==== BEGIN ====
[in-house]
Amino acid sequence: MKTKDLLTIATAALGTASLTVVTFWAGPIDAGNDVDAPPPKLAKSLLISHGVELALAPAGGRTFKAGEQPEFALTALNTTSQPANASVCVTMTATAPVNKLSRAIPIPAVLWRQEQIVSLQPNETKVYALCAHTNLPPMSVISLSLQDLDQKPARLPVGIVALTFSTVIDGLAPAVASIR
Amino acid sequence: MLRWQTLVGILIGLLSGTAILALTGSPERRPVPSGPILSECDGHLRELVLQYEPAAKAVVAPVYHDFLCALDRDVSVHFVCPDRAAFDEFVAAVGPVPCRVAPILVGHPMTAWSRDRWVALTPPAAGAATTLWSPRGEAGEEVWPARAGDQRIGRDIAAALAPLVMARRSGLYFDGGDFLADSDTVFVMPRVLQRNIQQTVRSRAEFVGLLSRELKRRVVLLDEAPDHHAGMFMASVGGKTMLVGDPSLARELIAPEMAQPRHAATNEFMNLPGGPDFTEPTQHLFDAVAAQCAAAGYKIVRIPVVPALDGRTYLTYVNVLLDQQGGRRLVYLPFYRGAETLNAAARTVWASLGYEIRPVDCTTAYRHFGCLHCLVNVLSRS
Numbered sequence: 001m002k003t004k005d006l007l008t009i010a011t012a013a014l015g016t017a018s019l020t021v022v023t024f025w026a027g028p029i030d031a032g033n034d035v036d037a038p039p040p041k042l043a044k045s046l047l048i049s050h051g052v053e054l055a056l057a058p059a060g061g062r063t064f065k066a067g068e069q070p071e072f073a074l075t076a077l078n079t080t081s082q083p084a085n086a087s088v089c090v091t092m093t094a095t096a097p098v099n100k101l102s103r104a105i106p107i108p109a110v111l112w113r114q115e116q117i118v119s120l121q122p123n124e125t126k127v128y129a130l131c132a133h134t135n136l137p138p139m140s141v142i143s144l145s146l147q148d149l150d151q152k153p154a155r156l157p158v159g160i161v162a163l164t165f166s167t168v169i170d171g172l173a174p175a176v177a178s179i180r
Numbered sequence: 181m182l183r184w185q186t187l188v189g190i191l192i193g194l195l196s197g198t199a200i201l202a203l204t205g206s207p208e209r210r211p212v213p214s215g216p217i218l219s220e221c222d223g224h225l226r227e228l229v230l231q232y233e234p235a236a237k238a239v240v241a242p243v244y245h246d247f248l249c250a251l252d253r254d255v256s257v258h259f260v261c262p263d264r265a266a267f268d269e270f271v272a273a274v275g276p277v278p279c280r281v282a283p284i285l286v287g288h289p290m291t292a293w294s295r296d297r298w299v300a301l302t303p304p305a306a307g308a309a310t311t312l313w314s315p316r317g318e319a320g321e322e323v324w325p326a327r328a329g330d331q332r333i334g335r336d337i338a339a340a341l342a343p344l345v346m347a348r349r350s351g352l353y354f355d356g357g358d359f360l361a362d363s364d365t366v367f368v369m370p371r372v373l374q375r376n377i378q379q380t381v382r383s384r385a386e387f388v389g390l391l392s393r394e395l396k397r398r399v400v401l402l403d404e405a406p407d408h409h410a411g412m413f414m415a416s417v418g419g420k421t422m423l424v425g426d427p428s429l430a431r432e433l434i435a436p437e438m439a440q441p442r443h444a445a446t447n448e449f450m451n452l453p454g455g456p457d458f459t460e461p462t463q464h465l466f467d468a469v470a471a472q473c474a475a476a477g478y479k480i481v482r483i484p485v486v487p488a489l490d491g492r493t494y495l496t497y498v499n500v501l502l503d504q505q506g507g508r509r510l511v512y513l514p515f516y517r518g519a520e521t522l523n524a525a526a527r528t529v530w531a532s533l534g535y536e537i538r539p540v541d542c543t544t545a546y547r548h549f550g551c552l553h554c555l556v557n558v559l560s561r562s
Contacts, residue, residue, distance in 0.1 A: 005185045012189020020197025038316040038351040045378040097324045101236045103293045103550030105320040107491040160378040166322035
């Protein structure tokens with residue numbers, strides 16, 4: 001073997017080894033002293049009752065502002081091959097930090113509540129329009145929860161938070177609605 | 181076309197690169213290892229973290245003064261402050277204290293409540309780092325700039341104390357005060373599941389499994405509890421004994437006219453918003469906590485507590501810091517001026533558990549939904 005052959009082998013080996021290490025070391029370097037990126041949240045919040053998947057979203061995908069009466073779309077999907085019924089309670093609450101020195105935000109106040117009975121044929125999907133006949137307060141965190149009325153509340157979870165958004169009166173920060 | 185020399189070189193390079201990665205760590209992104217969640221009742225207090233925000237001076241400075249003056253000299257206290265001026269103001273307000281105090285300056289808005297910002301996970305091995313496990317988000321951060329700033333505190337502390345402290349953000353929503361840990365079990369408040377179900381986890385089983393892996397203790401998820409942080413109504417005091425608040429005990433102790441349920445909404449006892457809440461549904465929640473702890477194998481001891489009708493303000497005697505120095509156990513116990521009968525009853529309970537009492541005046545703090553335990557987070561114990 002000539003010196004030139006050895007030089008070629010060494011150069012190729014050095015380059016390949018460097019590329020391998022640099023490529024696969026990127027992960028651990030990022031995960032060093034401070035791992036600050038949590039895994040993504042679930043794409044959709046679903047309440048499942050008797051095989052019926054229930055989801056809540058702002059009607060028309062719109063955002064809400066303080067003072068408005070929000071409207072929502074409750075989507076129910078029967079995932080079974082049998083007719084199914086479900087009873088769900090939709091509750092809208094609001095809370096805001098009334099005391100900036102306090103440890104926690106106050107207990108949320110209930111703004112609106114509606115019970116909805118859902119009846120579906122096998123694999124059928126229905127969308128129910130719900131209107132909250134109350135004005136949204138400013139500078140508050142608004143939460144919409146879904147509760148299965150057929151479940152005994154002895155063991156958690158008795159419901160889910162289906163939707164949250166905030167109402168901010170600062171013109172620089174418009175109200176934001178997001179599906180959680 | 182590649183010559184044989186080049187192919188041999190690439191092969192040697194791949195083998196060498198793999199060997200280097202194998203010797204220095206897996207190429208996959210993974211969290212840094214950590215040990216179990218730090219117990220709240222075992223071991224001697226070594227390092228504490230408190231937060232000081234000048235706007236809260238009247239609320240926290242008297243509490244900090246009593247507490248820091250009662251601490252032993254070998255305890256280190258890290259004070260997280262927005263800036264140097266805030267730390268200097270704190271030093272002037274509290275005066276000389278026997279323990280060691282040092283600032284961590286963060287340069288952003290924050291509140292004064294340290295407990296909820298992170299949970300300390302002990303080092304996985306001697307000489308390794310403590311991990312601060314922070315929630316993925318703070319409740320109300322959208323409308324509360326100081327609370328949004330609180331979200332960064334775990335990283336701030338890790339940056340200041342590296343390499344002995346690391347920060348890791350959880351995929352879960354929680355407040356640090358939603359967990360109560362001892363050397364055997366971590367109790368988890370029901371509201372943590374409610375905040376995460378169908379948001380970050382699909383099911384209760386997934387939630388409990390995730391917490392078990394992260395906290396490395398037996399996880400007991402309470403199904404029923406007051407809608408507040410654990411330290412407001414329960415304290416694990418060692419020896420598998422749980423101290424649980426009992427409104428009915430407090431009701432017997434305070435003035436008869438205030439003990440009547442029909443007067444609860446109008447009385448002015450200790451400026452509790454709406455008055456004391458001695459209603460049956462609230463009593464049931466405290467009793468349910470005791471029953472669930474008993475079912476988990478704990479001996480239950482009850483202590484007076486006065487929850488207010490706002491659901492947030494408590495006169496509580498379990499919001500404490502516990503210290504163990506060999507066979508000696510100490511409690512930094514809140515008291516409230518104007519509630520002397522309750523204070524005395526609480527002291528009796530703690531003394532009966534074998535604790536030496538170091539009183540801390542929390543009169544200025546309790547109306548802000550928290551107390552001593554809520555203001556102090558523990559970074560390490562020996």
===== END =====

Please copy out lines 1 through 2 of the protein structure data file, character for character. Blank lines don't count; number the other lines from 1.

[in-house]
Amino acid sequence: MKTKDLLTIATAALGTASLTVVTFWAGPIDAGNDVDAPPPKLAKSLLISHGVELALAPAGGRTFKAGEQPEFALTALNTTSQPANASVCVTMTATAPVNKLSRAIPIPAVLWRQEQIVSLQPNETKVYALCAHTNLPPMSVISLSLQDLDQKPARLPVGIVALTFSTVIDGLAPAVASIR